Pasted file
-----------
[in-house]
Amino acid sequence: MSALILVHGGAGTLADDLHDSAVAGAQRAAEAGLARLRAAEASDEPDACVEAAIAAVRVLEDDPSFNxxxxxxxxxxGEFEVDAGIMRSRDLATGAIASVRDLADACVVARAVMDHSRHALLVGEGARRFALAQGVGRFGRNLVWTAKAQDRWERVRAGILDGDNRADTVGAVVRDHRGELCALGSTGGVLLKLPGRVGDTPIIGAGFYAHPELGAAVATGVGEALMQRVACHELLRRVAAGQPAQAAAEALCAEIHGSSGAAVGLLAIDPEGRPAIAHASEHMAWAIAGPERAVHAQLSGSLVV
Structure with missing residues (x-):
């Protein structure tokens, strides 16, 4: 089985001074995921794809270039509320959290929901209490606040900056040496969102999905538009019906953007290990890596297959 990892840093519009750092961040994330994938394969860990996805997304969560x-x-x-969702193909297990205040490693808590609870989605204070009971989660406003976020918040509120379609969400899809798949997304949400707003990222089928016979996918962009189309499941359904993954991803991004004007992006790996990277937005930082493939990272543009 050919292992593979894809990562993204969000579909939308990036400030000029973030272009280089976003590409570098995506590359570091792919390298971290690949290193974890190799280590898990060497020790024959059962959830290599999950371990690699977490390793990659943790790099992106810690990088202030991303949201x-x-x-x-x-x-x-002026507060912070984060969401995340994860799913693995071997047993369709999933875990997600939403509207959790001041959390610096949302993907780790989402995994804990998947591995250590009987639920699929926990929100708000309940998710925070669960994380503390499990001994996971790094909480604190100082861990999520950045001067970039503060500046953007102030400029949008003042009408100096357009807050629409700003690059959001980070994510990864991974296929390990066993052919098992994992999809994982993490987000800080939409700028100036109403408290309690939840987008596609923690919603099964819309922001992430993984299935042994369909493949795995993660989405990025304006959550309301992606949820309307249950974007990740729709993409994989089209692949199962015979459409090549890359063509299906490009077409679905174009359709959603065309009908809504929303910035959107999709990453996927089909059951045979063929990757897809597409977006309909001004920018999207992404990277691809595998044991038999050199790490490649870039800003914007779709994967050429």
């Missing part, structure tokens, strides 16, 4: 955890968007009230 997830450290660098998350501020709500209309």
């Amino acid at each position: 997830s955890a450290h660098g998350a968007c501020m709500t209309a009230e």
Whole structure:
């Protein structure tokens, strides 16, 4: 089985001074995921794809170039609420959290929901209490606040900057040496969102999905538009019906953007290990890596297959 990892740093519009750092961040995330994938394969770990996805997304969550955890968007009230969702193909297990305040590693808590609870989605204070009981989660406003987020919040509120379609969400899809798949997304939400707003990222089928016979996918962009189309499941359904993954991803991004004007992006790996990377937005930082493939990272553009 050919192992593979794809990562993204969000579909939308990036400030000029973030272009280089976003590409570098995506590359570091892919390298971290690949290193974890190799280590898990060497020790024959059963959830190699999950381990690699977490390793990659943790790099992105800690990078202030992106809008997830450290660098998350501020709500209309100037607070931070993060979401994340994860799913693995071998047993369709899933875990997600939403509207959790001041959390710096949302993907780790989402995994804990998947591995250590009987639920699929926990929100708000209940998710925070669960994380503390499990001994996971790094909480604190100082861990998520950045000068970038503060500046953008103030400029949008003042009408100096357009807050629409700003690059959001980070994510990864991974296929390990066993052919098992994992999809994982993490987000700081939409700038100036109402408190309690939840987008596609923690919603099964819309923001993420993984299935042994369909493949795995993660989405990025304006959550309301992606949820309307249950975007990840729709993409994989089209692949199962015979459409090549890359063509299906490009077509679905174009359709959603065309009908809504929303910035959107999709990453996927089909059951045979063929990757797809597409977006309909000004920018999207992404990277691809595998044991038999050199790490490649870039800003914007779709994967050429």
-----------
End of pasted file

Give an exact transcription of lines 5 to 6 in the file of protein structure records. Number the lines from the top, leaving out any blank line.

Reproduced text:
């Missing part, structure tokens, strides 16, 4: 955890968007009230 997830450290660098998350501020709500209309």
């Amino acid at each position: 997830s955890a450290h660098g998350a968007c501020m709500t209309a009230e």